Barton Bibler, who works for Florida’s DEP (Department of Environmental Protection), actually spoke about climate change at an official meeting. He even (gasp!) kept notes of the discussion in official minutes.
In governor Rick Scott’s Florida, that’s a punishable offense. According to PEER (Public Employees for Environmental Responsibility), Bibler has said:
“If you work for the government of the state of Florida, as ruled by governor Rick Scott, you’ll be punished just for uttering the words ‘global warming’ or ‘climate change.'”
Too bad for Florida. Especially since sea level rise — one of the most prominent and obvious impacts of global warming — is already taking a heavy toll on Florida’s economy.
As AP reports, coastal cities from Jacksonville to Miami, from Key West to Pensacola, are already dealing with increased flooding, rapid erosion, and saltwater intrusion into their supply of drinking water. And it’s already costing money.
The list of other problems across the state is growing. Miami Beach is spending $400 million on new stormwater pumps to keep seawater from overwhelming an outdated sewer system.
In St. Augustine, homes built on sand dunes teeter over open space as erosion eats at the foundations. Beachside hotel owners worry about their livelihoods.
Tampa and Miami are particularly vulnerable to rising seas — many roads and bridges weren’t designed to handle higher tides, according to the National Climate Change Assessment. Officials say Daytona Beach roads, too, flood more often than in the 1990s.
The reason is clear, however much governor Rick Scott denies it: man-made global warming.
An important point to bear in mind was voiced by an engineer who is actually trying to help, but getting no help from Rick Scott’s state government. In a state at tremendous risk, if you want real information about the issue, you’ll find more on the internet than from the state Government. But then, Rick Scott’s state government isn’t a help, they’re an obstruction.
“There’s no guidance from the state or federal level. … Everything I’ve found to help I’ve gotten by searching the Internet.”
In some areas, they’re so fed up with Rick Scott’s combination of scientific ignorance and indifference to their problems that they’d rather be a different state:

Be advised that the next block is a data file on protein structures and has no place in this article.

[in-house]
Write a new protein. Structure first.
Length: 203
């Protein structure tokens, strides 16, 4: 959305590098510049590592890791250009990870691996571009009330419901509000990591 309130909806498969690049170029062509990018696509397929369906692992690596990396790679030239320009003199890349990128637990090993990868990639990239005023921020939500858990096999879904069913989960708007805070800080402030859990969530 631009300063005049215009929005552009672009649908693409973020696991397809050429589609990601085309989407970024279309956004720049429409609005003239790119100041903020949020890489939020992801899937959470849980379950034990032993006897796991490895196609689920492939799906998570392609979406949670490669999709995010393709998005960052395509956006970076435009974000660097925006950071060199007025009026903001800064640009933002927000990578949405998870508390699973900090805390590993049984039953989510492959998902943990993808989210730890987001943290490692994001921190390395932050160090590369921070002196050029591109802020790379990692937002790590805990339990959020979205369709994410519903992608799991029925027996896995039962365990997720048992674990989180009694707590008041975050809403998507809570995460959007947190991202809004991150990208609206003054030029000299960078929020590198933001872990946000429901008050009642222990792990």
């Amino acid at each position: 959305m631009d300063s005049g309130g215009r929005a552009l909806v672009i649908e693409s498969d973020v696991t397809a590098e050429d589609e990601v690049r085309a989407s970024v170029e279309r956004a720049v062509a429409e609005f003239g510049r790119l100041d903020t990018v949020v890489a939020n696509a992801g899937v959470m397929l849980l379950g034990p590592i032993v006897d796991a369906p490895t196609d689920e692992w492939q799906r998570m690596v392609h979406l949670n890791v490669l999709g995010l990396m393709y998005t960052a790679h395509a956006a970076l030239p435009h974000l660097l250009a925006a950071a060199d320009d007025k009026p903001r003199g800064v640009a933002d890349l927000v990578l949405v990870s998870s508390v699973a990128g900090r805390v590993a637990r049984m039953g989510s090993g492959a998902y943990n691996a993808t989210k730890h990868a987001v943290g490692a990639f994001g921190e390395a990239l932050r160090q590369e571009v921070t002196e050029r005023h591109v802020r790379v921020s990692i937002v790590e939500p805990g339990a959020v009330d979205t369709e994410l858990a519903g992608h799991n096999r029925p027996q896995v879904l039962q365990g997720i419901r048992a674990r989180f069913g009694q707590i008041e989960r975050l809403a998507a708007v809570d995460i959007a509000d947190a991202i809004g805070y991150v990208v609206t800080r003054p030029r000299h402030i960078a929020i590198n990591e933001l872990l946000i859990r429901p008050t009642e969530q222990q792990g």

South Miami passed a resolution calling for South Florida to secede from the more conservative northern half of the state so it could deal with climate change itself.
It’s going to cost even more in the future. The near future, that is:
Insurance giant Swiss Re has estimated that the economy in southeast Florida could sustain $33 billion in damage from rising seas and other climate-related damage in 2030, according to the Miami-Dade Sea Level Rise Task Force.
Despite the fact that Rick Scott is so ideologically driven that he’s willing to deny science itself while the mass of citizens of his own state are at ever-increasing risk, he still tries to maintain that he’s trying to help. But with statements like this:
In a brief interview with the AP in March, Scott wouldn’t address whether the state had a long-range plan. He cited his support for Everglades restoration and some flood-control projects as progress but said cities and counties should contact environmental and water agencies to find answers…
immediately followed by this:
… — though Scott and a GOP-led legislature have slashed billions in funding from those agencies.
I am of the opinion that Rick Scott’s claim to care about Florida’s environment, is nothing but a sham.
Meanwhile, the sea keeps rising.